People in the banking circles say he was often spotted in Mumbai. His first big headache was a loan of Rs 800 crore that he took several years ago from HDFC Ltd. That loan was coming up for repayment early this year, which they paid up. The mortgage player was in no mood to roll over or take fresh exposure in any of his group companies, and the money market was anyway tight. The bankers, mutual funds and NBFCs were hit hard with several defaults. Siddhartha, however, managed to convince Axis Bank and Standard Chartered Bank to put in close to Rs 1,000 crore in his businesses. The additional money did reduce his burden, but he was facing refinancing pressure from several fronts. The fund raising had actually started a year ago as the cash flows from companies was not sufficient. Sources say that Siddhartha managed to raise fresh money from Yes Bank, Karnataka Bank, Bajaj Finance, Shapoorji Pallonji Group, Kotak Mahindra Investments, Piramal, and a few other lenders. "He got some Rs 500 crore of new money from these lenders," says a source. Clearly, Siddhartha's debt was rising without any major change in cash flows or revenues. But Siddhartha wanted to project a rosy picture. For example, group company Sical has a mine contract from which he claimed revenue of Rs 10,000 crore spread over several years.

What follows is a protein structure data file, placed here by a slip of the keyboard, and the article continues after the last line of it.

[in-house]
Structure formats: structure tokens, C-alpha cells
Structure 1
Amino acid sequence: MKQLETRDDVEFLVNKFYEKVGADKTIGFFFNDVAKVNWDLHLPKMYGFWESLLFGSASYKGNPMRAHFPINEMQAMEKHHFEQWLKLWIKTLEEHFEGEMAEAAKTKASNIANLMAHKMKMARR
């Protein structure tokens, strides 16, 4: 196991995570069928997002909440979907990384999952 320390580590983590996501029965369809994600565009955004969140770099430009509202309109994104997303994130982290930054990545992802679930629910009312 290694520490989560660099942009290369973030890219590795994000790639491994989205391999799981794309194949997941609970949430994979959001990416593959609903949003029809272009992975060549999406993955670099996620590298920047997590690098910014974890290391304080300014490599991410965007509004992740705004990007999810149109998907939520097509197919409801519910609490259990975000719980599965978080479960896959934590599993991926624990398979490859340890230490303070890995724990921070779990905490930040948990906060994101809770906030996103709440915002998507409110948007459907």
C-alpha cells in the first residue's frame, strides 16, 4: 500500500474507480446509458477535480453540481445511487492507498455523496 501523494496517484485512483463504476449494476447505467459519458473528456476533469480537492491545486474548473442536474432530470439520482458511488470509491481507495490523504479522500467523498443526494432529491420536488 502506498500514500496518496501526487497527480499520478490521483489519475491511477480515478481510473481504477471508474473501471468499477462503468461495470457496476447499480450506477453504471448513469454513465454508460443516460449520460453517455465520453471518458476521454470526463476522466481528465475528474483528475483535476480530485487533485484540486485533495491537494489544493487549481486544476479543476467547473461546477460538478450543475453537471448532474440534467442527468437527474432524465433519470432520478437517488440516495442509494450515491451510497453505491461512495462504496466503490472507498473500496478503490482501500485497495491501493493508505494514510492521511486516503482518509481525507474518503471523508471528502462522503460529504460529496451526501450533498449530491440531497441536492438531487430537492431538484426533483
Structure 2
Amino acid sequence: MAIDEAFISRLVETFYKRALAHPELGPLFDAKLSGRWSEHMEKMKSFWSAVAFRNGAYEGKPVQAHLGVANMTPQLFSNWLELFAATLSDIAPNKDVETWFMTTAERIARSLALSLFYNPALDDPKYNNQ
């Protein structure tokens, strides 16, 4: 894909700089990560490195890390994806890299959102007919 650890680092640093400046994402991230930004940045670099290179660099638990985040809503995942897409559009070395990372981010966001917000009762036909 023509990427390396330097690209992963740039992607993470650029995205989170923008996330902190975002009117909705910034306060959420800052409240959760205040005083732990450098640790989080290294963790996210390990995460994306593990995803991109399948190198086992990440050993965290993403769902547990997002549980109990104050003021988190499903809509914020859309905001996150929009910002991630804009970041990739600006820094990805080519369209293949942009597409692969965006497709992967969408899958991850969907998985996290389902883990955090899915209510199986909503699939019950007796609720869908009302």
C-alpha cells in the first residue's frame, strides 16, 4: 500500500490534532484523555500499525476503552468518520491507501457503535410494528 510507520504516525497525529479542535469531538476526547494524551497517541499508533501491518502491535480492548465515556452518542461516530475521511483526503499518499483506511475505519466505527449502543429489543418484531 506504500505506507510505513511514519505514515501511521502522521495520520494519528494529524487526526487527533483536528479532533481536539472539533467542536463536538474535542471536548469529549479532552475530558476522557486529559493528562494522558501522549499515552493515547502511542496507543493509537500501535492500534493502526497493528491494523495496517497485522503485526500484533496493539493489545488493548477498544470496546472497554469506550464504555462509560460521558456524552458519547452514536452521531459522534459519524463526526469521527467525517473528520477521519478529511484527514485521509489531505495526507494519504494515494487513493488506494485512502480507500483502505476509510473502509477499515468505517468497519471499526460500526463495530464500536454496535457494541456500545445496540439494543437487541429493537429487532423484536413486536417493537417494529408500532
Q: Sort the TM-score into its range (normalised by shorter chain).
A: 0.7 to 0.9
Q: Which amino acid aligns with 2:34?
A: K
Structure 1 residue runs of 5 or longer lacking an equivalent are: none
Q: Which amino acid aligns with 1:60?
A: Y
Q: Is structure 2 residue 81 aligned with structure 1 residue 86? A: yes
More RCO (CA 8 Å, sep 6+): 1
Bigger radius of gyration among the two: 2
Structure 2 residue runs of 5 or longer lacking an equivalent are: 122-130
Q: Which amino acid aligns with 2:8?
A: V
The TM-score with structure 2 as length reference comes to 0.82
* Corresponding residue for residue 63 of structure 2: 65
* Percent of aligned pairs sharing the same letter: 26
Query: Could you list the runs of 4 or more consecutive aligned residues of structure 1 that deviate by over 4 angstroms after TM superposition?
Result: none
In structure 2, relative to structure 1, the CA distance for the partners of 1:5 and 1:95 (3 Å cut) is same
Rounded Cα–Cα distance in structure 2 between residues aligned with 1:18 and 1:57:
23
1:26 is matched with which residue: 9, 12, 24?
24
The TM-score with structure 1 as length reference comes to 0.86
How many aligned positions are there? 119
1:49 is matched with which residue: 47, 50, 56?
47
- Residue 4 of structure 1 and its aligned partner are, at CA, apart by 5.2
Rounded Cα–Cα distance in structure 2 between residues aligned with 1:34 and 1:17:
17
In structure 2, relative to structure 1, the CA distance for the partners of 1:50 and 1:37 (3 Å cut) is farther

Bankers also say that Siddhartha was running out of collateral. He had put all assets on the table - from pledging the shares of group companies, their assets, strategic investments in other listed companies, corporate guarantee by almost all his large companies, personal guarantee on various group company loans, and fixed deposits of group companies. In fact, the lenders also have a charge on all his cash deposits with landlords of the cafes and also future outlets. "The company often talked about net debt (gross debt minus cash deposits, etc), but the fact was that all the cash and deposits were under the charge of lenders," says a banker who did not wish to be named.